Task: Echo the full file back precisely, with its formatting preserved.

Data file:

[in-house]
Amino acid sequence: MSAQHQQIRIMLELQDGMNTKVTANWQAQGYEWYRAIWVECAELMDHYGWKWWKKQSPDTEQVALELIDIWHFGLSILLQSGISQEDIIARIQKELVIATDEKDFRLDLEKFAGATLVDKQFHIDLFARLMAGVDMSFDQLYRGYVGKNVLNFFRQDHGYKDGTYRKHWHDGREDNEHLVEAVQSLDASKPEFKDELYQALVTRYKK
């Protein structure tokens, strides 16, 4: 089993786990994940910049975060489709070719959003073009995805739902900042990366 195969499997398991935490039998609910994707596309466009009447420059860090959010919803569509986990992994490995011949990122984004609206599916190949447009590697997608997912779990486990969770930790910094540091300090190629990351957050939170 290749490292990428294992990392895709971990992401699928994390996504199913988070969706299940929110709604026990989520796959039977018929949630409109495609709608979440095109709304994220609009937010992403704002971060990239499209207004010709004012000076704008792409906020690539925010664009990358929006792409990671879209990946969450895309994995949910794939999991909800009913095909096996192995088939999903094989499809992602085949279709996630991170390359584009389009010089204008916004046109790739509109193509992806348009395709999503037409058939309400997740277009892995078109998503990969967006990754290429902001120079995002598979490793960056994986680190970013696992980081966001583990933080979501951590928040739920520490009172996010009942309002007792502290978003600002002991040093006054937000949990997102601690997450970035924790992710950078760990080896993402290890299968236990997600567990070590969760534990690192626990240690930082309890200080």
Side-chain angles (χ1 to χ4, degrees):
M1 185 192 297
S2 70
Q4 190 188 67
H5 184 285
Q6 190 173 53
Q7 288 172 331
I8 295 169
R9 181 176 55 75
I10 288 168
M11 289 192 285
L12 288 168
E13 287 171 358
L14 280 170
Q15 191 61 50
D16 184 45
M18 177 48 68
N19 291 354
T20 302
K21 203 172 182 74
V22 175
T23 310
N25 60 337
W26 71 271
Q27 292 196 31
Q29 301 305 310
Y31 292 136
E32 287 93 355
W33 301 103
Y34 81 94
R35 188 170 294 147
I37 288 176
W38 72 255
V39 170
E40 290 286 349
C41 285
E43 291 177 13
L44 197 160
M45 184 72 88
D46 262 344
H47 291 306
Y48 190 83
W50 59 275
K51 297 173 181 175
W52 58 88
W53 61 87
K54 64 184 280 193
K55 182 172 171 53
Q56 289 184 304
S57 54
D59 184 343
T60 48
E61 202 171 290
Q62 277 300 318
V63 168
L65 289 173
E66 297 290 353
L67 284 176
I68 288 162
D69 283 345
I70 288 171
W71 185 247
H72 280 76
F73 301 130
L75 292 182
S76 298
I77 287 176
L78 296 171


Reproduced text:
[in-house]
Amino acid sequence: MSAQHQQIRIMLELQDGMNTKVTANWQAQGYEWYRAIWVECAELMDHYGWKWWKKQSPDTEQVALELIDIWHFGLSILLQSGISQEDIIARIQKELVIATDEKDFRLDLEKFAGATLVDKQFHIDLFARLMAGVDMSFDQLYRGYVGKNVLNFFRQDHGYKDGTYRKHWHDGREDNEHLVEAVQSLDASKPEFKDELYQALVTRYKK
């Protein structure tokens, strides 16, 4: 089993786990994940910049975060489709070719959003073009995805739902900042990366 195969499997398991935490039998609910994707596309466009009447420059860090959010919803569509986990992994490995011949990122984004609206599916190949447009590697997608997912779990486990969770930790910094540091300090190629990351957050939170 290749490292990428294992990392895709971990992401699928994390996504199913988070969706299940929110709604026990989520796959039977018929949630409109495609709608979440095109709304994220609009937010992403704002971060990239499209207004010709004012000076704008792409906020690539925010664009990358929006792409990671879209990946969450895309994995949910794939999991909800009913095909096996192995088939999903094989499809992602085949279709996630991170390359584009389009010089204008916004046109790739509109193509992806348009395709999503037409058939309400997740277009892995078109998503990969967006990754290429902001120079995002598979490793960056994986680190970013696992980081966001583990933080979501951590928040739920520490009172996010009942309002007792502290978003600002002991040093006054937000949990997102601690997450970035924790992710950078760990080896993402290890299968236990997600567990070590969760534990690192626990240690930082309890200080």
Side-chain angles (χ1 to χ4, degrees):
M1 185 192 297
S2 70
Q4 190 188 67
H5 184 285
Q6 190 173 53
Q7 288 172 331
I8 295 169
R9 181 176 55 75
I10 288 168
M11 289 192 285
L12 288 168
E13 287 171 358
L14 280 170
Q15 191 61 50
D16 184 45
M18 177 48 68
N19 291 354
T20 302
K21 203 172 182 74
V22 175
T23 310
N25 60 337
W26 71 271
Q27 292 196 31
Q29 301 305 310
Y31 292 136
E32 287 93 355
W33 301 103
Y34 81 94
R35 188 170 294 147
I37 288 176
W38 72 255
V39 170
E40 290 286 349
C41 285
E43 291 177 13
L44 197 160
M45 184 72 88
D46 262 344
H47 291 306
Y48 190 83
W50 59 275
K51 297 173 181 175
W52 58 88
W53 61 87
K54 64 184 280 193
K55 182 172 171 53
Q56 289 184 304
S57 54
D59 184 343
T60 48
E61 202 171 290
Q62 277 300 318
V63 168
L65 289 173
E66 297 290 353
L67 284 176
I68 288 162
D69 283 345
I70 288 171
W71 185 247
H72 280 76
F73 301 130
L75 292 182
S76 298
I77 287 176
L78 296 171